Mobile Healthcare Tools Empower Consumers

Mobile apps such as online comparison tools help consumers make informed healthcare decisions.

The US healthcare system is evolving rapidly. People are paying more personally for their healthcare and taking more control of decisions regarding the care they receive.

Simply put, it has become increasingly important for consumers to have access to resources and services that help them make informed decisions about the quality and cost of their care, protecting both their health and their pocketbook.

Consumers nationwide are using online resources to comparison-shop for healthcare services, for example, much as they would for airline tickets or electronics. According to a recent UnitedHealthcare survey, 14% of respondents report using online resources to comparison-shop for healthcare services. This number is likely to increase, given the popularity of mobile technology coupled with consumers taking a more active role in their healthcare decisions.

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New online and mobile resources are helping people more easily anticipate and manage healthcare expenses, providing consumers with quality and cost information for local care providers. One example is Health4Me, a free mobile app for iPhone and Android devices that is now available to everyone. Health4Me provides cost information for more than 635 medical services, including MRI, knee replacement, and childbirth. The app also enables users to locate nearby healthcare providers, including convenience care, urgent care, and emergency care facilities.

Some insurance carriers offer mobile apps that provide their customers with personalized price estimates based on actual contracted rates with healthcare providers and facilities. These personalized resources can also give users 24/7 access to registered nurses, personal health benefits information and ID cards, and customer service callback service.

Greater price transparency for medical services could help make healthcare more affordable. By providing healthcare prices to consumers, healthcare professionals and other stakeholders could reduce US healthcare spending by more than $100 billion during the next decade, according to a 2014 report by the Gary and Mary West Health Policy Center.

In addition, online comparison tools can help people select high-quality healthcare providers, according to a new study from UnitedHealthcare.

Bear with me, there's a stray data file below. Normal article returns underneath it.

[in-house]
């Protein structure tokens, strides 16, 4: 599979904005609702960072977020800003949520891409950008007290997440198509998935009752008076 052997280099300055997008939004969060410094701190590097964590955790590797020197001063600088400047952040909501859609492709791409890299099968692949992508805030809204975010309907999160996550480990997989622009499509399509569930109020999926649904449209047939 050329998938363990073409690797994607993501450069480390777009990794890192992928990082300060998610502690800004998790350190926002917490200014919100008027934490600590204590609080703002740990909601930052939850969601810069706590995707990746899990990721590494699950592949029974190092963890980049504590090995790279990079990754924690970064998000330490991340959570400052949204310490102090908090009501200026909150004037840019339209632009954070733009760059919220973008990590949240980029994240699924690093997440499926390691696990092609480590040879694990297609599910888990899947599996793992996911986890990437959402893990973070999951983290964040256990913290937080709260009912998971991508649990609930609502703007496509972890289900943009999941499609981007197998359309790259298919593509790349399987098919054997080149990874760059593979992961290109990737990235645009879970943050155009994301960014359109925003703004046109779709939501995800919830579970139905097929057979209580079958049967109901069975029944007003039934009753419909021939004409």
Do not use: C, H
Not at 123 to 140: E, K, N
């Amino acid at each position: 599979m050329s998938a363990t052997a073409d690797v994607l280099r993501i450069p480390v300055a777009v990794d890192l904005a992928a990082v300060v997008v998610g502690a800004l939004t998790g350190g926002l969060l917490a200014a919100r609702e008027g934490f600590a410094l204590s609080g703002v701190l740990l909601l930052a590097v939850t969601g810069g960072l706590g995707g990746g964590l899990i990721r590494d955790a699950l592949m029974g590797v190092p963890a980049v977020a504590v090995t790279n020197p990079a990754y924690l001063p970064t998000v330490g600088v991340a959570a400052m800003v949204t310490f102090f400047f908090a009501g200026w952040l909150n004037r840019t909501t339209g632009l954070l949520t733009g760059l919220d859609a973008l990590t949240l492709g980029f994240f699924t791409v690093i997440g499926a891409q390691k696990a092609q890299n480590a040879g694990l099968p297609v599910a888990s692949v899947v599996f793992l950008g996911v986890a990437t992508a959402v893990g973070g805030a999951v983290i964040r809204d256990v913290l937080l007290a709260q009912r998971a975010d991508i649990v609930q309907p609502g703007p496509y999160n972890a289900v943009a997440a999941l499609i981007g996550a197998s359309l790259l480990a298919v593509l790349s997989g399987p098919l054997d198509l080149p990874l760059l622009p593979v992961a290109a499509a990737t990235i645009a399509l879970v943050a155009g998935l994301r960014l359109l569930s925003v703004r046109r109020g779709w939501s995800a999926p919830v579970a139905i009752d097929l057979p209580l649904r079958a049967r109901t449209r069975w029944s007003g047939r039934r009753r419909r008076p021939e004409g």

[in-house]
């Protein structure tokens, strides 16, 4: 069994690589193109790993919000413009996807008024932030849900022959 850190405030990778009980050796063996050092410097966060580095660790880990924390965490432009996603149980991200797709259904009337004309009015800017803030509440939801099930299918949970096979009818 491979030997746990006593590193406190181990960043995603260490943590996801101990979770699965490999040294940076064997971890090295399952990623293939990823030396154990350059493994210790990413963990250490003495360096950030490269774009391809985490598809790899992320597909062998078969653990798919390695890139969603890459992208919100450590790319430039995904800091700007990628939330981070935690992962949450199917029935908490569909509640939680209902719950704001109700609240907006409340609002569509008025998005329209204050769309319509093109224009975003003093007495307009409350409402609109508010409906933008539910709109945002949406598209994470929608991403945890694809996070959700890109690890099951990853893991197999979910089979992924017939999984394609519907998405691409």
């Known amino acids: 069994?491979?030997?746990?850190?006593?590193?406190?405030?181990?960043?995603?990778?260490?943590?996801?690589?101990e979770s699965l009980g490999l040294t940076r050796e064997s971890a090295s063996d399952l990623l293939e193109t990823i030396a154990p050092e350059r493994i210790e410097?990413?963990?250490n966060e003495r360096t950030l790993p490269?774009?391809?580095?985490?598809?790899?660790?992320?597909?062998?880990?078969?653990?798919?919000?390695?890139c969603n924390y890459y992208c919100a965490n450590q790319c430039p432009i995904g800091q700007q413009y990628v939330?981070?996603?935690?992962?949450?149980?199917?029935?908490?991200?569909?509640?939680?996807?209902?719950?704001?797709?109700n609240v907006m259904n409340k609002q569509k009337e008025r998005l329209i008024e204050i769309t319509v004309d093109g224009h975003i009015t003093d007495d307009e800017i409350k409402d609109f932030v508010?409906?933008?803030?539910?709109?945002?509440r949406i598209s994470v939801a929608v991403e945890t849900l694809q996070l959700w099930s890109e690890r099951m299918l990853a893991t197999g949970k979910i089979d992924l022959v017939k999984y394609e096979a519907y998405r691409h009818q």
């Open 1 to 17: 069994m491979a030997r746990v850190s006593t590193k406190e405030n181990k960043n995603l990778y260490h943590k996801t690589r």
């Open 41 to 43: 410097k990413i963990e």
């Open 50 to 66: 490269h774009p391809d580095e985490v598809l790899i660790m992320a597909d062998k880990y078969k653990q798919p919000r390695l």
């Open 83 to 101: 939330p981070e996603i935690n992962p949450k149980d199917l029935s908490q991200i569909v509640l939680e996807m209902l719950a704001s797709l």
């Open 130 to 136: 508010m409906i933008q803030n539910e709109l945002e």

The study found that users of myHealthcare Cost Estimator, an online and mobile quality and price-comparison service available to all consumers through the Health4Me app, were more likely than non-users to select high-quality healthcare providers across all specialties, including primary care physicians (7% more likely) and orthopedists (9% more likely).

There are also significant price variations for healthcare services and procedures at hospitals and doctors' offices nationwide, yet research has shown that higher-priced care providers do not necessarily deliver higher-quality care or better health outcomes.

Here are a few examples of price ranges for medical services performed within 25 miles of San Francisco:

  • Knee MRI: $252 to $3,887
  • Childbirth: $11,223 to $34,963
  • Hip replacement: $26,760 to $58,370

In this new era of healthcare, transparency and education through technology can help consumers become more engaged in their health. Take a few minutes to download the Health4Me app, or log into your insurance provider's website and learn more about the tools and services that can help you make the best healthcare decisions for you and your family.

These services are putting more relevant information at people's fingertips, helping them make better care decisions regarding treatment options and prices.

The owners of electronic health records aren't necessarily the patients. How much control should they have? Get the new Who Owns Patient Data? issue of InformationWeek Healthcare today.

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Brian T. Horowitz, Contributing Reporter
Samuel Greengard, Contributing Reporter
Nathan Eddy, Freelance Writer
Brandon Taylor, Digital Editorial Program Manager
Jessica Davis, Senior Editor
Cynthia Harvey, Freelance Journalist, InformationWeek
Sara Peters, Editor-in-Chief, InformationWeek / Network Computing